Accela Releases Apps for Business Licensing, Alcohol Control

One of the top retailers of permitting and licensing software for government is gradually releasing turnkey versions of its longstanding, more custom-built line of civic solutions. Two new apps bring that list to seven.

by / November 12, 2019
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Expanding its suite of software applications to help governments replace paper-based permitting systems, Accela today announced new SaaS civic applications for alcoholic beverage control (ABC) and business licensing.

This brings Accela’s list of civic applications to seven, after the gradual release of others, since March 2018, to handle permits for planning, building, environmental health, cannabis regulation and short-term rental registration.

According to Senior Product Marketing Manager Dave Maxwell, these civic applications are more fully outfitted, turnkey versions of the company’s nine civic “solutions,” which are older products that require some configuration and customization. He said the old solutions will still be available for clients with idiosyncratic requirements, but the company anticipates the new applications will work better for most state and local governments. He gave two reasons: They come with a library of pre-built assets suitable for most jurisdictions, and therefore they reduce the cost and time of installation.

“We take the knowledge that we’ve gained from working with several thousand customers, now, and our historical success in these areas, and use that to build these applications. They’re built on our customer feedback and input, and our experience gained working with our customers,” he said. “So it comes with your default set of record types, it comes with automated workflows already built in, it comes with reports already built in, you get technologies like mobile applications and the citizen online portal — all that is included in your pre-built set of applications.”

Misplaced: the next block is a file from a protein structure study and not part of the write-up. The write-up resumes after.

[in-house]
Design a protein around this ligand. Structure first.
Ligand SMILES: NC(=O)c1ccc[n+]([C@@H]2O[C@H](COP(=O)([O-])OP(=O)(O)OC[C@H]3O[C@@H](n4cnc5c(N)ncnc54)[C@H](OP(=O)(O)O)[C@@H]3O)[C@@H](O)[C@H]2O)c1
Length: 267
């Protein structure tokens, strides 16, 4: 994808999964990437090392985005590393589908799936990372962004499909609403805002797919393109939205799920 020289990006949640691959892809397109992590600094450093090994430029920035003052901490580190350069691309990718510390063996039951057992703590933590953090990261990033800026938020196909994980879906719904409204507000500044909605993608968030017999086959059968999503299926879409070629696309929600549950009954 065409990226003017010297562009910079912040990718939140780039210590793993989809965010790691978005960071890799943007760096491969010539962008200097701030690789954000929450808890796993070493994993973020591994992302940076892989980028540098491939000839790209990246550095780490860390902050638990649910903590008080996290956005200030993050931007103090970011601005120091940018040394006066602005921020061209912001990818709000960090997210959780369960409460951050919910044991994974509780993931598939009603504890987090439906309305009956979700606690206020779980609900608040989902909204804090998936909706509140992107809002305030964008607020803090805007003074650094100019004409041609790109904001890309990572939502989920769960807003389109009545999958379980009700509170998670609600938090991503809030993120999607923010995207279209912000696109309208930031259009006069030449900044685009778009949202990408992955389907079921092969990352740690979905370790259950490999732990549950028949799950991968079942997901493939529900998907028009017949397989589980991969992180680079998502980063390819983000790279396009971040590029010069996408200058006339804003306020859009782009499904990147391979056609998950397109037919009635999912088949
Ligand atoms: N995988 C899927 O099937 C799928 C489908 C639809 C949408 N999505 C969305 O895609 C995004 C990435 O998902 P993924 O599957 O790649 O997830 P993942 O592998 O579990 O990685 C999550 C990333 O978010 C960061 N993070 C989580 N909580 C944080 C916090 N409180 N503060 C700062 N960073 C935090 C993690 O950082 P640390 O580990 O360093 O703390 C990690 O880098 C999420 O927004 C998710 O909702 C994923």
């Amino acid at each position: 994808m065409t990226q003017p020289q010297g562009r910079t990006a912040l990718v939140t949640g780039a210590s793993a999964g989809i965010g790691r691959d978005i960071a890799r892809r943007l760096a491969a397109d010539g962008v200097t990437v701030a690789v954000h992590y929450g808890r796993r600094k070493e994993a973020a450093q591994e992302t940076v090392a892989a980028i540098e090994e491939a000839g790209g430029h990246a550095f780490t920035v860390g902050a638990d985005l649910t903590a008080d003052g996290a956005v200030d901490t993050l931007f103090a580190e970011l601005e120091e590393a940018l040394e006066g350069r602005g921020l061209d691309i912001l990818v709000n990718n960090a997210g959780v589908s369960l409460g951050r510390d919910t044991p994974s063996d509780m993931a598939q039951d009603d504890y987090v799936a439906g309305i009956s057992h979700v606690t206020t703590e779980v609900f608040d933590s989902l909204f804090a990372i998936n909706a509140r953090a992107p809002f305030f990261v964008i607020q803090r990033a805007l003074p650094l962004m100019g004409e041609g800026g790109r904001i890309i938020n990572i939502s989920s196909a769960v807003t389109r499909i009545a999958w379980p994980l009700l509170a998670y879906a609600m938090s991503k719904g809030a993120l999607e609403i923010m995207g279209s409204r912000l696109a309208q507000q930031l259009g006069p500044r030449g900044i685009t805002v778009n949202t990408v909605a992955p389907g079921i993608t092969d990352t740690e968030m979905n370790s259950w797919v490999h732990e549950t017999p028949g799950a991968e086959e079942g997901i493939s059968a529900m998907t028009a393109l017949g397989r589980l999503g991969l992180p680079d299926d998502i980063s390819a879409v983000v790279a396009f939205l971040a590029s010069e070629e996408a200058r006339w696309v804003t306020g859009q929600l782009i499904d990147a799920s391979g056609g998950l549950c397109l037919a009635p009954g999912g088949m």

Maxwell said the business-licensing application is intended for city and county-level offices, and the ABC application for state or local agencies, many of which are still using paper systems or legacy systems without modern features like an online portal or mobile accessibility.

The Tennessee Alcoholic Beverage Commission bought Accela’s ABC solution to make the switch from paper to digital in January 2018, and IT Director Christopher Dowell vouched for its success. He said the old system involved paperwork being processed at nine different locations, “stacking paper to the rafters” and a month or more of wait time for applicants. Accela’s ABC solution cut it down to a matter of days.

Dowell said there were a few hiccups at first, from people who were resistant to change and liked the old paper system. But he said the conversion was a necessary improvement for citizens, and Maxwell said Accela applied lessons from the experience to its new ABC application.

“It changed our entire agency, top to bottom, having this new function,” Dowell said. “We changed the structure of the entire organization, and two years in, everybody’s happy. But in the beginning, it doesn’t make a lot of people happy. Plus, our first implementation of Accela wasn’t the most elegant. I don’t think any first implementation of an enterprise system would be, but it wasn’t as pretty as it could be, wasn’t as customer-friendly from an interface perspective, but we needed to get something out there. I felt like we were at least 80 percent of what we needed when we deployed, so we achieved that paradigm shift even without a perfect platform.”

Editor's note: Attribution was adjusted to better reflect source comments.

Andrew Westrope Staff Writer

Andrew Westrope is a staff writer for Government Technology. Before that, he was a reporter and editor at community newspapers for seven years. He has a Bachelor’s degree in physiology from Michigan State University and lives in Northern California.


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